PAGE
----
Around the Ring Road
There are several interesting sights just outside the Kathmandu Ring Rd, all accessible by public transport or by rented bike or motorcycle, and all easy day trips from the capital. Pashupatinath and Bodhnath rank amongst Nepal's most famous religious sites and both escaped the worst of the earthquake's destructive force.
The Valley Fringe
Beyond Bhaktapur the landscape starts to rise, revealing views north to the rugged mountain wall of the Himalaya, which is rarely visible from the bottom of the valley. Technically, most towns are outside the valley, on the roads to Langtang or the Tibetan border, but it is easy to visit these places on day trips or overnight stays from Kathmandu.
Nepal’s most important Hindu temple stands on the banks of the holy Bagmati River, surrounded by a bustling market of religious stalls selling marigolds, prasad (offerings), incense, rudraksha beads, conch shells, pictures of Hindu deities and temples, tika powder in rainbow colours, glass lingams, models of Mt Meru and other essential religious paraphernalia.
Dhulikhel is one of the more popular places from which to observe the high Himalaya. From the edge of the ridge, a stunning panorama of peaks unfolds, from Langtang Lirung in the east, through Dorje Lakpa to the huge bulk of Gauri Shankar and nearby Melungtse (7181m) and as far as Numbur (5945m) in the east.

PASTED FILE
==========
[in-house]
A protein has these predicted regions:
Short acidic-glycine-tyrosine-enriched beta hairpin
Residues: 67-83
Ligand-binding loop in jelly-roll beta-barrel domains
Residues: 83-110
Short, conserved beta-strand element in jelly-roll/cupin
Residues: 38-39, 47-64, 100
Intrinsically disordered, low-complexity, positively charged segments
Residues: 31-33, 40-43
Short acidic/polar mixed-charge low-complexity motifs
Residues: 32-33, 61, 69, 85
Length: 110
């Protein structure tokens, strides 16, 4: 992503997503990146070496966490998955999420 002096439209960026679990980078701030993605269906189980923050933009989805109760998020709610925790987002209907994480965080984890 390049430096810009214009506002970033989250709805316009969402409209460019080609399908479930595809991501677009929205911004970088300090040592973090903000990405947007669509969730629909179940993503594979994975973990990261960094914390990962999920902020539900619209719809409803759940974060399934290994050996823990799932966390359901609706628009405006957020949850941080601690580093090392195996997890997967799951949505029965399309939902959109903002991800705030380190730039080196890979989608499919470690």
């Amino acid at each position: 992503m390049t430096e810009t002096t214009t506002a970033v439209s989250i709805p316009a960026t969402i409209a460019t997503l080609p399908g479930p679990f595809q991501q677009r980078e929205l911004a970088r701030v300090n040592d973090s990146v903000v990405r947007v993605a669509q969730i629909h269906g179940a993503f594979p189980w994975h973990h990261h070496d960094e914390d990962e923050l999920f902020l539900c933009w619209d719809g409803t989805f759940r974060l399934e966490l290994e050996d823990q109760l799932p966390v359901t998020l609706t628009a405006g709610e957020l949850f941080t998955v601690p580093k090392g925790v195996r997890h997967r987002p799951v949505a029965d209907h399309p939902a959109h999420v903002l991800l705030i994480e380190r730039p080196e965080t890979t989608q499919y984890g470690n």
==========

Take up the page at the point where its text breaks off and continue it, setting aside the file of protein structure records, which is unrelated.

Just 5km southwest of Kathmandu, the sleepy town of Kirtipur has a wonderful sense of faded grandeur thanks to the impressive medieval temples dotted around its backstreets. When Prithvi Narayan Shah stormed into the valley in 1768, he made a priority of capturing Kirtipur to provide a base for his crushing attacks on the Malla kingdoms.
Tucked away in a side valley off the Arniko Hwy, about 7km south of Banepa, Panauti sits at the sacred confluence of the Roshi Khola and Pungamati Khola. A third ‘invisible river’ called the Padmabati is said to join the other two rivers at Panauti, making this a particularly sacred spot.
Beyond the Valley
The following destinations lie outside the Kathmandu Valley on the roads north to Syabrubesi and Kodari, on the Tibetan border, but both routes saw severe damage in the 2015 earthquake. The roads were open at the time of research, but further landslides are a possibility so check that things are open before travelling on these routes.
About 19km south of Kathmandu, Pharping is a thriving Newari town whose ancient Buddhist pilgrimage sites have been taken over by large numbers of Tibetans. A circuit of its religious sites makes for a compelling day out from Kathmandu. Pharping lies on the road to Dakshinkali and it’s easy to visit both villages in a day by bus or bicycle.